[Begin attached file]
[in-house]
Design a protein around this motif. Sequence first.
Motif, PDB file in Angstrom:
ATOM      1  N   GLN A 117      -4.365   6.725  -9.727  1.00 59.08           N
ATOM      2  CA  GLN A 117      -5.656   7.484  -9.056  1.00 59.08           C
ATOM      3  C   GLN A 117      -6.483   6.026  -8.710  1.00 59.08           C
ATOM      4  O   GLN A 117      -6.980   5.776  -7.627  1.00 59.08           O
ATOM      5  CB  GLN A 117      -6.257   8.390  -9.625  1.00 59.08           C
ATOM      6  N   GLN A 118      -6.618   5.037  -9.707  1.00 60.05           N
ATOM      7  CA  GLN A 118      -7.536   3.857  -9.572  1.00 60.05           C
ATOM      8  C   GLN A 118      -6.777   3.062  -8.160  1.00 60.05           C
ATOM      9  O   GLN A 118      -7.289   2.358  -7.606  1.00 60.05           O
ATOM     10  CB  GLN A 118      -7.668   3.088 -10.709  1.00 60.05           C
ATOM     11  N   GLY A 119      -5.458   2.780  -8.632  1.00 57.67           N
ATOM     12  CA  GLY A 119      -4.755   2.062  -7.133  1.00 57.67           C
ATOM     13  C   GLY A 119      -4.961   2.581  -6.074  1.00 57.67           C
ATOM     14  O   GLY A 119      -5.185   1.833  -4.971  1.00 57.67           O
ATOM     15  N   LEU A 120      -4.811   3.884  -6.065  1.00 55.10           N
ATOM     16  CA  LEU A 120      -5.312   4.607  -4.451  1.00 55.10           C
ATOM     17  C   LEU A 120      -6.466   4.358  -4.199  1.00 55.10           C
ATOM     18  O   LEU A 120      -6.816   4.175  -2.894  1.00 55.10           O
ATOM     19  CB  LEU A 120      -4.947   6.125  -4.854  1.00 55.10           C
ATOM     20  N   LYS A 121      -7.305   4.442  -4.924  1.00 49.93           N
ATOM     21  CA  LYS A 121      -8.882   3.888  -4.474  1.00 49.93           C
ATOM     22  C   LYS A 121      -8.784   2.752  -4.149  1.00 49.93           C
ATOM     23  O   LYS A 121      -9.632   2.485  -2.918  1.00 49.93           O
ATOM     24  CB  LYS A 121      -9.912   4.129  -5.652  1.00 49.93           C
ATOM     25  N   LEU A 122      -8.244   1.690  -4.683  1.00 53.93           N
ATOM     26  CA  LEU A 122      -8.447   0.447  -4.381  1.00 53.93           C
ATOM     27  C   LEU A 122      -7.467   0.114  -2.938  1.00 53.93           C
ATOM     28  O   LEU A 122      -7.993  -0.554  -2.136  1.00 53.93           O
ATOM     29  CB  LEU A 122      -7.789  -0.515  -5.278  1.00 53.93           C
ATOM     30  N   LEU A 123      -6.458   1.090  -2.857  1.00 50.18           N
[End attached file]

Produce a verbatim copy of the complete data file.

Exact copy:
[in-house]
Design a protein around this motif. Sequence first.
Motif, PDB file in Angstrom:
ATOM      1  N   GLN A 117      -4.365   6.725  -9.727  1.00 59.08           N
ATOM      2  CA  GLN A 117      -5.656   7.484  -9.056  1.00 59.08           C
ATOM      3  C   GLN A 117      -6.483   6.026  -8.710  1.00 59.08           C
ATOM      4  O   GLN A 117      -6.980   5.776  -7.627  1.00 59.08           O
ATOM      5  CB  GLN A 117      -6.257   8.390  -9.625  1.00 59.08           C
ATOM      6  N   GLN A 118      -6.618   5.037  -9.707  1.00 60.05           N
ATOM      7  CA  GLN A 118      -7.536   3.857  -9.572  1.00 60.05           C
ATOM      8  C   GLN A 118      -6.777   3.062  -8.160  1.00 60.05           C
ATOM      9  O   GLN A 118      -7.289   2.358  -7.606  1.00 60.05           O
ATOM     10  CB  GLN A 118      -7.668   3.088 -10.709  1.00 60.05           C
ATOM     11  N   GLY A 119      -5.458   2.780  -8.632  1.00 57.67           N
ATOM     12  CA  GLY A 119      -4.755   2.062  -7.133  1.00 57.67           C
ATOM     13  C   GLY A 119      -4.961   2.581  -6.074  1.00 57.67           C
ATOM     14  O   GLY A 119      -5.185   1.833  -4.971  1.00 57.67           O
ATOM     15  N   LEU A 120      -4.811   3.884  -6.065  1.00 55.10           N
ATOM     16  CA  LEU A 120      -5.312   4.607  -4.451  1.00 55.10           C
ATOM     17  C   LEU A 120      -6.466   4.358  -4.199  1.00 55.10           C
ATOM     18  O   LEU A 120      -6.816   4.175  -2.894  1.00 55.10           O
ATOM     19  CB  LEU A 120      -4.947   6.125  -4.854  1.00 55.10           C
ATOM     20  N   LYS A 121      -7.305   4.442  -4.924  1.00 49.93           N
ATOM     21  CA  LYS A 121      -8.882   3.888  -4.474  1.00 49.93           C
ATOM     22  C   LYS A 121      -8.784   2.752  -4.149  1.00 49.93           C
ATOM     23  O   LYS A 121      -9.632   2.485  -2.918  1.00 49.93           O
ATOM     24  CB  LYS A 121      -9.912   4.129  -5.652  1.00 49.93           C
ATOM     25  N   LEU A 122      -8.244   1.690  -4.683  1.00 53.93           N
ATOM     26  CA  LEU A 122      -8.447   0.447  -4.381  1.00 53.93           C
ATOM     27  C   LEU A 122      -7.467   0.114  -2.938  1.00 53.93           C
ATOM     28  O   LEU A 122      -7.993  -0.554  -2.136  1.00 53.93           O
ATOM     29  CB  LEU A 122      -7.789  -0.515  -5.278  1.00 53.93           C
ATOM     30  N   LEU A 123      -6.458   1.090  -2.857  1.00 50.18           N